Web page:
if (subCategoryId != null)
{
    sql += " AND ProductSubcategoryID = @subCategoryId"; 
    dynamicParams.Add("subCategoryId", subCategoryId);
}

var products = cn.Query<Product>(sql, dynamicParams);

Don’t Repeat Yourself

The example below makes me a little upset for 2 reasons:

  • I have to pass productName twice, both to the sql string and to the dynamicParams dictionary.
    Their names should match.
  • I have to keep those two variables (the SQL statement and the list of parameters) separated, even though they are closely related to each other.

String Interpolation Internals

String Interpolation was introduced in C# in 2016.

Instead of doing code like this:

string name = "Rick";
int accesses = 10;
string output = string.Format("{0}, you've been here {1:n0} times.",
                              name, accesses);

You could do like this:

string name = "Rick";
int accesses = 10;
string output = $"{name}, you've been here {accesses:n0} times.";

Internally, when you write an interpolated string (starting with $), the compiler generates a FormattableString class, which contains both the template (as if it was {0}, you've been here {1:n0} times.), and also the list of parameters (string name and int accesses).

If your method expects a regular string, the FormattableString will be implicitly converted into a regular string, and you get the same behavior as if you just passed a string.format to your method. However, if your method expects a FormattableString class, then you have access to format and arguments isolated from each other.

FormattableString can be useful for example if we wanted to build parameterized SQL statements while letting users build their strings as if it was just regular string concatenation:

QueryBuilder ParseSQL(FormattableString query)
{
    QueryBuilder myWrapper = new QueryBuilder();

    string dapperSql = query.Format;
    // replace {0} by "@p0", 
    // replace {1} by "@p1", etc..
    myWrapper.SQL = dapperSql;

    var dapperArgs = new Dapper.DynamicParameters();
    var args = query.GetArguments();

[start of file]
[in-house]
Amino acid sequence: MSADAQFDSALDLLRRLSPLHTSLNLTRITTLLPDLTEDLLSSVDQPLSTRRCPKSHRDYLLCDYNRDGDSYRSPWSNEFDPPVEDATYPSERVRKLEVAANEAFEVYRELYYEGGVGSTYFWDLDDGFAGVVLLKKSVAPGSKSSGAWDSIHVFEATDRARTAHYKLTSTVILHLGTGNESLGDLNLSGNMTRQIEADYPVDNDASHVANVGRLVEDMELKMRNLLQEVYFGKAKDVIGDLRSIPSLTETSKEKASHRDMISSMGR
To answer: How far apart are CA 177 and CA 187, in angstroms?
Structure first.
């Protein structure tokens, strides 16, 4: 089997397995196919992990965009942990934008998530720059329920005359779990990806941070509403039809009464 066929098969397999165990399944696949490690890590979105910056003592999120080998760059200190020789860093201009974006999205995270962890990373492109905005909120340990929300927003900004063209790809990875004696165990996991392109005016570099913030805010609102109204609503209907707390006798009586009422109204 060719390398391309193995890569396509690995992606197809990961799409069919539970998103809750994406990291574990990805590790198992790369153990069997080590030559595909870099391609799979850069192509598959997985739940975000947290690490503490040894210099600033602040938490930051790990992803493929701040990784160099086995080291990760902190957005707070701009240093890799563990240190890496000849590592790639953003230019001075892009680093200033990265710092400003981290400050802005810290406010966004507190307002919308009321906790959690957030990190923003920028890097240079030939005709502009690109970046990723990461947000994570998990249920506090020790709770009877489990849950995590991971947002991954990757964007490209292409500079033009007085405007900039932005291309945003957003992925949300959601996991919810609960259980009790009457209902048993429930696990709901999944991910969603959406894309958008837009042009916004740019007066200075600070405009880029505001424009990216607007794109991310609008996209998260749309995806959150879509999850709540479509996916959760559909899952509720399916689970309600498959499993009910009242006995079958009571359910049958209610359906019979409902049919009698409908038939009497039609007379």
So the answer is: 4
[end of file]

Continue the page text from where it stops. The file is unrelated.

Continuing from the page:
// dapperArgs.Add("p0", args[0]);
    // dapperArgs.Add("p1", args[1]); ...
    myWrapper.Arguments = dapperArgs;

    return myWrapper;
    // now anyone can use Dapper like  
    // var pocos = connection.Query<POCO>(myWrapper.SQL, myWrapper.Parameters);
}

DapperQueryBuilder

Based on the idea above, I’ve created DapperQueryBuilder - which is a simple wrapper around Dapper which allows us to pass SQL parameters using string interpolation.

You can code like this:

var query = cn.QueryBuilder($"SELECT * FROM [Product] WHERE 1=1");

if (productName != null)
    query.Append($"AND Name LIKE {productName}"); 

if (subCategoryId != null)
    query.Append($"AND ProductSubcategoryID = {subCategoryId}"); 

var products = query.Query<Product>(); 

Although it looks like you’re just building a dynamic SQL (with values as inline literals), actually what you get is parameterized SQL.

In case, query will have this underlying statement: SELECT * FROM [Product] WHERE 1=1 AND Name LIKE @p0 AND ProductSubcategoryId = @p1, and will also hold the parameters @p0 = productName and @p1 = subCategoryId.

To sum, instead of using Dapper’s extension .Query<T> which extends IDbConnection and accepts a SQL string and a list of parameters, you use QueryBuilder() extension which creates a QueryBuilder where you can dynamically (and in a single statement) add new parameters and add the associated SQL clause.

Quickstart

If you liked and want to start using right now,

  1. Install the NuGet package Dapper-QueryBuilder
  2. Start using like this:
using DapperQueryBuilder;
// ...

cn = new SqlConnection(connectionString);